Staining brings out in contrasting colors otherwise colorless structural details of tissue sections. The coloring ability of many dyes resides in either their acid or basic radical. If in the anion, the dye is called acid, if in the cation, it is called basic.
Acid components of a cell (like nuclear chromatin or chromosomes) stain with basic dyes (e.g., hematoxylin) and these components are referred to as basophilic or hematoxylinophilic (blue).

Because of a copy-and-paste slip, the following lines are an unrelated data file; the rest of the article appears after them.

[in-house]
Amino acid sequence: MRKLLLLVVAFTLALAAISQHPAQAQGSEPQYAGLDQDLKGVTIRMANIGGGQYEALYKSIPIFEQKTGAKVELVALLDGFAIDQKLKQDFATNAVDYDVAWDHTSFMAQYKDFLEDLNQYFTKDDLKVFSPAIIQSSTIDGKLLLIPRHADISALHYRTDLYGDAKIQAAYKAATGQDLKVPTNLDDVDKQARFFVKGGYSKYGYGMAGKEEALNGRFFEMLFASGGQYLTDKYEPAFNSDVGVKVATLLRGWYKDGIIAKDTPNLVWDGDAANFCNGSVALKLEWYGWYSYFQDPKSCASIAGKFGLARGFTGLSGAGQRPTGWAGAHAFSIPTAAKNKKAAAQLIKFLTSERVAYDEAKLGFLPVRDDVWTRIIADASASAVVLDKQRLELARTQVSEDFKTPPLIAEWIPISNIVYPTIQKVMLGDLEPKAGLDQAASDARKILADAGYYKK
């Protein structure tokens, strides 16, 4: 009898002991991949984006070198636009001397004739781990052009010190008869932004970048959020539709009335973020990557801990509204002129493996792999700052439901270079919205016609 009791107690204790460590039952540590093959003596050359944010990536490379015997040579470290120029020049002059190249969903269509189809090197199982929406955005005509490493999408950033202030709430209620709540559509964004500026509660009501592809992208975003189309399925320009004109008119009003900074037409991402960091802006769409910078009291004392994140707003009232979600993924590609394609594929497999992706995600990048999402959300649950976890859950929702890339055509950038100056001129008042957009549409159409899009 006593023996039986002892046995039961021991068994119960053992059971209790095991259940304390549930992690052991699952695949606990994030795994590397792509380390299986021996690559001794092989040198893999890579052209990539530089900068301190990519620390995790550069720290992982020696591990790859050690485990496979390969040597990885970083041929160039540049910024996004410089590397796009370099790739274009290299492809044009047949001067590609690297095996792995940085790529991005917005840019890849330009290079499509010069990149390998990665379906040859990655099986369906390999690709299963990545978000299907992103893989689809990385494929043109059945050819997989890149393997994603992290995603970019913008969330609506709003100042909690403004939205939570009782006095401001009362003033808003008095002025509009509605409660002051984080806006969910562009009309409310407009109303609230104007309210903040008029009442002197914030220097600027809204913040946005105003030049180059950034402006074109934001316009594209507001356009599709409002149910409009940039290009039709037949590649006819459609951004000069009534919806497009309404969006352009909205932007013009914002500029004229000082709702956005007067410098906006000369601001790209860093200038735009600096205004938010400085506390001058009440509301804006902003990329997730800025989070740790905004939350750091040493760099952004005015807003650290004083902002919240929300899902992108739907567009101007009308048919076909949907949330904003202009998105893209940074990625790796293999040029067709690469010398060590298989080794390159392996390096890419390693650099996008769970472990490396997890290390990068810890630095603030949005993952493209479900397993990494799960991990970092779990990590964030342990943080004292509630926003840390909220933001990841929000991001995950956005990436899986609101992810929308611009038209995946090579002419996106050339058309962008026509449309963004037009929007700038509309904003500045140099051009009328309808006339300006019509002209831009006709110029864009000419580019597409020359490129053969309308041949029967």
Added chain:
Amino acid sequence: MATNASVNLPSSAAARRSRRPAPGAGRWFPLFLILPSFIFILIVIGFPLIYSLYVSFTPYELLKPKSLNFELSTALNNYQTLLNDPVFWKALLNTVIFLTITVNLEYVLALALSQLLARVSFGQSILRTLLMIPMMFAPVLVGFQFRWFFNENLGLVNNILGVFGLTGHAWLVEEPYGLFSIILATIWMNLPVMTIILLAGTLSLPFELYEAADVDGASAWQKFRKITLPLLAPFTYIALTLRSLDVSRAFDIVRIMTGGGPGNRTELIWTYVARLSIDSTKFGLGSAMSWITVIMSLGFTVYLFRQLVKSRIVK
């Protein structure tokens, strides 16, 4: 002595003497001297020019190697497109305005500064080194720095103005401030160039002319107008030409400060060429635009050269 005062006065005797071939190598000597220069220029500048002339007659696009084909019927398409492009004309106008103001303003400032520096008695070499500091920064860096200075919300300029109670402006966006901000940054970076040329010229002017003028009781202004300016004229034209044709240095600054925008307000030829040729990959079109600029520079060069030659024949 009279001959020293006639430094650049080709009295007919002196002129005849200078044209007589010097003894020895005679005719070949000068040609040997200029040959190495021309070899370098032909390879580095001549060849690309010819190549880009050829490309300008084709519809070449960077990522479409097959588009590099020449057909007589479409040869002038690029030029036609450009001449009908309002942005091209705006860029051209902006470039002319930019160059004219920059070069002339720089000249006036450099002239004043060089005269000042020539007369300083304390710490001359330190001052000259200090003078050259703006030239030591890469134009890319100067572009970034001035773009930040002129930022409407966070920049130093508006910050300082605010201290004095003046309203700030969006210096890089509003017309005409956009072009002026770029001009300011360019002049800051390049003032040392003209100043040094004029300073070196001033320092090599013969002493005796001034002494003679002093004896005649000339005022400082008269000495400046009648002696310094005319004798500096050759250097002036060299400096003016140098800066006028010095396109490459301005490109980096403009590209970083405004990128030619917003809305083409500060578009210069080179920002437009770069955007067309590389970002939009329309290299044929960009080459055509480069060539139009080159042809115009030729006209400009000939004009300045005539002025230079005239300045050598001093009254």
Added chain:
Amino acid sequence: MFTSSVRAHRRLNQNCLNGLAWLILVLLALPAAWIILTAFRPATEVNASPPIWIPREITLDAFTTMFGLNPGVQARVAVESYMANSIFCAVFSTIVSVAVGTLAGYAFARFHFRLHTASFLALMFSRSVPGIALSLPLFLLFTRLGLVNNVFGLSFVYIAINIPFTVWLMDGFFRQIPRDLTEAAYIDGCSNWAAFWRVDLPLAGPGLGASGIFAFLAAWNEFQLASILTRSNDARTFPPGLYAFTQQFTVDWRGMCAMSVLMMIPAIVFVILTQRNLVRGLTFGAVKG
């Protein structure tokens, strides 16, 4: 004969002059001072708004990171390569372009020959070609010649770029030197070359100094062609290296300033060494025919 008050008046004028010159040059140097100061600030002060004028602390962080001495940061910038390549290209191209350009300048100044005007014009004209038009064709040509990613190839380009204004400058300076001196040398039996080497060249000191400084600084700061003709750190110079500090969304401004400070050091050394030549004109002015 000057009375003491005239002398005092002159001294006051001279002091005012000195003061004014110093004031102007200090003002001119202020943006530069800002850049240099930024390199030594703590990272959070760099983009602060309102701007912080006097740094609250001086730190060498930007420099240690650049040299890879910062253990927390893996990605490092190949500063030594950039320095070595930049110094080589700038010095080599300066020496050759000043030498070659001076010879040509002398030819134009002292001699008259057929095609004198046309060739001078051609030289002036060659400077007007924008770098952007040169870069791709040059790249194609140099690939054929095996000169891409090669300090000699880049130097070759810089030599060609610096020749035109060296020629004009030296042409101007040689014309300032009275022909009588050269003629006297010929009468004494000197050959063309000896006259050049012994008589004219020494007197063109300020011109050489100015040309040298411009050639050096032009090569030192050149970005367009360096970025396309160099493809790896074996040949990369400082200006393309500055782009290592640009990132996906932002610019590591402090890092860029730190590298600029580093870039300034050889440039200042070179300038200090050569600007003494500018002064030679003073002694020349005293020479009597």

Basic components (various kinds of cytoplasm and intercellular substance) take acid dyes (e.g., eosin), and are called acidophilic or eosinophilic (pink). Please note that there are numerous stains used to evaluate tissue for different purposes. Hematoxylin and eosin (or H&E) staining is the most common method of staining used for histologic sections.